'

Beyond bedbugs: Lay your head to rest in the greenest hotel

Marriott is the best host when it comes to energy efficiency, water consumption and other environmental factors, according to a Climate Counts sustainability ranking.

I don't usually think about the green profile of the hotels that I book because, truth be told, I usually have to stay in a specific one because of a conference I am attending. But a recent press release about renewable energy use by the Intercontinental New York Barclay Hotel got me wondering about this.

Turns out that the 685-room property has just committed to buying enough renewable energy certificates for wind energy projects that it is now supported by 100 percent wind energy. Through the hotel's relationship with Sterling Planet, which is in the business of helping businesses figure out carbon offsets appropriate for their unique needs, it is now buying more than 6.3 million kilowatt-hours of Green-e Energy certified renewable energy certificates. That is the annual electricity consumption of approximately 500 U.S. households.

That is just one hotel, of course, and it turns out that Marriott is the hotel company most attuned to the environment, at least according to Climate Counts, an organization that keeps tabs on how businesses from different sectors are acting with respect to the environment and sourcing sustainably. Marriott earned a score of 62 out of 100, according to the Climate Counts listing. That compares with the score of 38 earned by the next closest company on the ranking, Starwood. Climate Counts looks at how companies measure, reduce and disclose their carbon emissions and other environmental footprint information.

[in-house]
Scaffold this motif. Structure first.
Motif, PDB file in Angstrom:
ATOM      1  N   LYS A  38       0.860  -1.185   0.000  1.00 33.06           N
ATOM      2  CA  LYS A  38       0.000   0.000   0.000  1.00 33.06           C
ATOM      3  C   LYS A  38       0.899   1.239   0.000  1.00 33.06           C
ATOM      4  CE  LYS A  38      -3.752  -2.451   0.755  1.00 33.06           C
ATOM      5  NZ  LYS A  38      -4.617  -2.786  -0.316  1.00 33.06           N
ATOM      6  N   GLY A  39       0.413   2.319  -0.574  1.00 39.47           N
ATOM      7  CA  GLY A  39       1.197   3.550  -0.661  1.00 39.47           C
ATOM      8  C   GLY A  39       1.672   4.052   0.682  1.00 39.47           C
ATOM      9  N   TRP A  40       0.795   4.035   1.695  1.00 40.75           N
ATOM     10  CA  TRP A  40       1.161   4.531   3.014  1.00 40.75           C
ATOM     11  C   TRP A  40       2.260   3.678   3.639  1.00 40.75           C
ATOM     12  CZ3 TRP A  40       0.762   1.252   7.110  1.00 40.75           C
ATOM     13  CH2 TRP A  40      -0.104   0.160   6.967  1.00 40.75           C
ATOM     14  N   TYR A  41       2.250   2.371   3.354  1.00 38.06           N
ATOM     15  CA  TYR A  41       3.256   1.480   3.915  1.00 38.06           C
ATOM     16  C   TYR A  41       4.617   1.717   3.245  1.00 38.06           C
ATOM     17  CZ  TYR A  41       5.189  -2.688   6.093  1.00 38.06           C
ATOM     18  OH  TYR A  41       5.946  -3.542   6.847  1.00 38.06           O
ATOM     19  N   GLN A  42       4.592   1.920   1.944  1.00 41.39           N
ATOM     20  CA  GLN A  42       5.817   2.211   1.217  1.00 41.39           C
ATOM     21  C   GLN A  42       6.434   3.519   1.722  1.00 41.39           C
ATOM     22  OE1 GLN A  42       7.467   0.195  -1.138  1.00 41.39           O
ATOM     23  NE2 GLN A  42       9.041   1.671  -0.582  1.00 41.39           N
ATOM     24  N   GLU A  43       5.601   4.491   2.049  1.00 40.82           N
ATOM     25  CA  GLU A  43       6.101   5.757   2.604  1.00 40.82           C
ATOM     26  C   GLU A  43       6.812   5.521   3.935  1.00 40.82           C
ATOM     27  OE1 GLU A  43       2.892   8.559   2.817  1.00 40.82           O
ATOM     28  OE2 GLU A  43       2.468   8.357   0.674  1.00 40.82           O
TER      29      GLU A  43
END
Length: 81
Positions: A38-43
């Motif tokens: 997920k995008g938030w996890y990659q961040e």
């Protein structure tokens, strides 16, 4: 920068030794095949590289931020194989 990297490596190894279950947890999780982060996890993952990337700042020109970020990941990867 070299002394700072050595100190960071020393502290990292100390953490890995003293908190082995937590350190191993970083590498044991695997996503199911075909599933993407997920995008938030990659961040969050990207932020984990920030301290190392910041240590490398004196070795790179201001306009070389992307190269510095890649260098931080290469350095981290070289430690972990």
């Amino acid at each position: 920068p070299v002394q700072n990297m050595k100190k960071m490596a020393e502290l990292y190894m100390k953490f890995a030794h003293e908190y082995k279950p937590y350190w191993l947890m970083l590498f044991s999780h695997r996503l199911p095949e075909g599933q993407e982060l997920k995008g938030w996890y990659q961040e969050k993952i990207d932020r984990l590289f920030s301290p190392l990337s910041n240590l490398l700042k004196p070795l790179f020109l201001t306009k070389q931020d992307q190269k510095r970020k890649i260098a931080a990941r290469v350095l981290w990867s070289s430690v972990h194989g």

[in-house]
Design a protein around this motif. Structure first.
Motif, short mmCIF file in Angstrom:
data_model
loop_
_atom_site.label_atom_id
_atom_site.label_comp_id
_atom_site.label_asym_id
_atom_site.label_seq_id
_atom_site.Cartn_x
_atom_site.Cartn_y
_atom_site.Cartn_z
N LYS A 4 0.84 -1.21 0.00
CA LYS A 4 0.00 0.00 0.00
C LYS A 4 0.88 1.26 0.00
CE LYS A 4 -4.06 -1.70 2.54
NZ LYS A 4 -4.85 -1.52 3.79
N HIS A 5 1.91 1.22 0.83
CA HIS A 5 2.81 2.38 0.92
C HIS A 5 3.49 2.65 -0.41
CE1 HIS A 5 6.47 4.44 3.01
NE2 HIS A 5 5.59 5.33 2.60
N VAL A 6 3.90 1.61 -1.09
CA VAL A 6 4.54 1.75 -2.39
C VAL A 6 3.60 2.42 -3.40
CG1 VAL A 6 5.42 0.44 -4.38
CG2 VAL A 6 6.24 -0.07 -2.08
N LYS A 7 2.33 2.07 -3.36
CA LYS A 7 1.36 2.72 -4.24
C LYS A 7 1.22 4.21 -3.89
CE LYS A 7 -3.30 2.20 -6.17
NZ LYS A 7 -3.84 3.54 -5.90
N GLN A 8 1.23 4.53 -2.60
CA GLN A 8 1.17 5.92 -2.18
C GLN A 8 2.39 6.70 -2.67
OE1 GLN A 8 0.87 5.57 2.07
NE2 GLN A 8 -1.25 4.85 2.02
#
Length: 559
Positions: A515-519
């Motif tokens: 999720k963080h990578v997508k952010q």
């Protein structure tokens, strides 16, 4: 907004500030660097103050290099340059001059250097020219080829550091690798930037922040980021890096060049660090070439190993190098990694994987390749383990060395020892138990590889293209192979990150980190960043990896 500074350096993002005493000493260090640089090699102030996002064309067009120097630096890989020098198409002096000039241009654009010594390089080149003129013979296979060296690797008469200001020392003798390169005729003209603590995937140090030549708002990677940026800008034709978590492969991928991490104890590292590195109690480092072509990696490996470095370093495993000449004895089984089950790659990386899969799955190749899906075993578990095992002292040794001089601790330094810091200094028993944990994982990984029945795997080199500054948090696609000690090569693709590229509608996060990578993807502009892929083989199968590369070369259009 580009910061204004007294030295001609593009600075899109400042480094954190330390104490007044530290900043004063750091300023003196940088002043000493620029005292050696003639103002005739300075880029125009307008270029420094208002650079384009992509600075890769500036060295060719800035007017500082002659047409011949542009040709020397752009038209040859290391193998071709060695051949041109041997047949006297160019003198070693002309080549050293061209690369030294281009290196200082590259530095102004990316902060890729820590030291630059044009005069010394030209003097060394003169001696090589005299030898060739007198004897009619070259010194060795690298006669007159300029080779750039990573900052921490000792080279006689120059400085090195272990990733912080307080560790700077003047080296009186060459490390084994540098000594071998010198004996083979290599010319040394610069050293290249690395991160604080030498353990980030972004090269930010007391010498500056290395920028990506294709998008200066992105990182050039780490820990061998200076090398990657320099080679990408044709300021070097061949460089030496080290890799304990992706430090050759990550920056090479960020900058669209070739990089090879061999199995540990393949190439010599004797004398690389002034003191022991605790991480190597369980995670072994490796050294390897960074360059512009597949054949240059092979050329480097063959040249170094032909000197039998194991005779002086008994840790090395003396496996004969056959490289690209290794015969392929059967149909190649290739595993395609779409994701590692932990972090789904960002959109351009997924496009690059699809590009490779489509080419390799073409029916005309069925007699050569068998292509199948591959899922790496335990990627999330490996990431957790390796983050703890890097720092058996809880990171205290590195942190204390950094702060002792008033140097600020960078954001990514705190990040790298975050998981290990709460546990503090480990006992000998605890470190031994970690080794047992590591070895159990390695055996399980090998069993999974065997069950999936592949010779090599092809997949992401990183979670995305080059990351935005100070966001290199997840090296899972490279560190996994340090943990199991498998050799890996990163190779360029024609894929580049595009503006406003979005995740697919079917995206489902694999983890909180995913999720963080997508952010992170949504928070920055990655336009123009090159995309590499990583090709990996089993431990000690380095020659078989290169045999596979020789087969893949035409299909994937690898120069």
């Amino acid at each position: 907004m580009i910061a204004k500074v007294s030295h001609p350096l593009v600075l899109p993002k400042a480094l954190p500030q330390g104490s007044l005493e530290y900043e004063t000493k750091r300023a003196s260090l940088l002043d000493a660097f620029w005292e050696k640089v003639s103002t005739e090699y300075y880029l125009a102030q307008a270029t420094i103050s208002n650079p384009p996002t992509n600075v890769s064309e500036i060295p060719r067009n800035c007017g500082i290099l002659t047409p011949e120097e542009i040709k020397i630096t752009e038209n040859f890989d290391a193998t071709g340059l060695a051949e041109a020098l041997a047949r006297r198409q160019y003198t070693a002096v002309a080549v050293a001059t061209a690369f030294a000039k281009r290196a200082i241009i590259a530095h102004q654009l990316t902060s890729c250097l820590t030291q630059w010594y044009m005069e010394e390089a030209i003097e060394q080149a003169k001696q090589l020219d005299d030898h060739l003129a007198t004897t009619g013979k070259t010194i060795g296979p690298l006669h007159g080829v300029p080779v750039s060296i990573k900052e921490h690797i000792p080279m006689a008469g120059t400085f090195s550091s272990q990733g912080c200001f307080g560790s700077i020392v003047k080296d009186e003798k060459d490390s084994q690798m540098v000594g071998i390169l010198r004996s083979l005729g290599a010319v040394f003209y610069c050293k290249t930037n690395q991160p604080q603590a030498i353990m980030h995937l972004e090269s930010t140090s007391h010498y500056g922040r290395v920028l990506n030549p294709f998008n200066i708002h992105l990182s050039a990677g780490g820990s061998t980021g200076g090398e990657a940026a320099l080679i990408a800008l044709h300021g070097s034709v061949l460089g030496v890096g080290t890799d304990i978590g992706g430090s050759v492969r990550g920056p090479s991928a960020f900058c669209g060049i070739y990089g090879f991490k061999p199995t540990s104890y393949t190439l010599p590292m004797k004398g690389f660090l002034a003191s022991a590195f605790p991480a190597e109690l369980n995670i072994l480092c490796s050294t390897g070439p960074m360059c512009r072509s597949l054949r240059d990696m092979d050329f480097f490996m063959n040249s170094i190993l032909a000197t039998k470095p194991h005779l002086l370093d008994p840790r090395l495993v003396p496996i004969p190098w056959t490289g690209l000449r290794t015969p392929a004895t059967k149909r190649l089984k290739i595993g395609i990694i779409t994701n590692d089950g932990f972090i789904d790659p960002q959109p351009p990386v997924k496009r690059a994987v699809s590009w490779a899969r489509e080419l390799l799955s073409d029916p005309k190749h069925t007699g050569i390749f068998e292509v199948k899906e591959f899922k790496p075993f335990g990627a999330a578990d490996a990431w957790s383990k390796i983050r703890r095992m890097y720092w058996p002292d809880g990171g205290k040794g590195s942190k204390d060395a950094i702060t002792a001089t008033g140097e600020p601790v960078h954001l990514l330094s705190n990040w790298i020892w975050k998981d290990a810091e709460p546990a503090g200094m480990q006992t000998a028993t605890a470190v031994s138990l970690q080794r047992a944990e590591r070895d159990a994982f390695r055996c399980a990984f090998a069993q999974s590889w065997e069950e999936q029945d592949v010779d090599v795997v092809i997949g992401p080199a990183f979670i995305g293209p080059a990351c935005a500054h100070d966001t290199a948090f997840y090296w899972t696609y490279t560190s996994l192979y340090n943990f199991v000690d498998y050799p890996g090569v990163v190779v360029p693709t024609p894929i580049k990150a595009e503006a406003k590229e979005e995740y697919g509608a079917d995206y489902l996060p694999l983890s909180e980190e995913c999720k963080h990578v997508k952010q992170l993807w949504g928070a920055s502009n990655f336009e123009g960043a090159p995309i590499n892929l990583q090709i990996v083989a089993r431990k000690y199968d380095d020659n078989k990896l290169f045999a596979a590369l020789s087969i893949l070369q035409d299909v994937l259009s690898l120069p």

To get a sense of what Marriott is doing that is so impressive, I took a peek at its first official Sustainability Report pulled together according to the Global Reporting Initiative Guidelines, which was published in early October. Here are some highlights of its progress:

  • Energy consumption reduction of 11 percent since 2007, on target to reach its goal for 25 percent energy and water consumption by 2017
  • Reduction in water consumption per available room by 8.2 percent
  • Increased the number of properties certified under the Leadership in Energy and Environmental Design (LEED) program to 67 from 18; the company has more than 275 buildings certified under the Energy Star program, which is more than any other hotel company (Marriott operates more than 2,800 properties and resorts worldwide)

There are many more details in the Marriott report, including information about its program to donate $2 million for a rainforest preservation program in Brazil. You've got to believe that water usage is hands-down is one of the most critical sustainability issues for any hotel company to tackle, along with the inherent inefficiency of having personalized climate control in every hotel room. I'll bet as people get more serious about greening their own homes, that environmental factors will become a more important hospitality selection criteria -- after bed bug reports and ratings.

This post was originally published on Smartplanet.com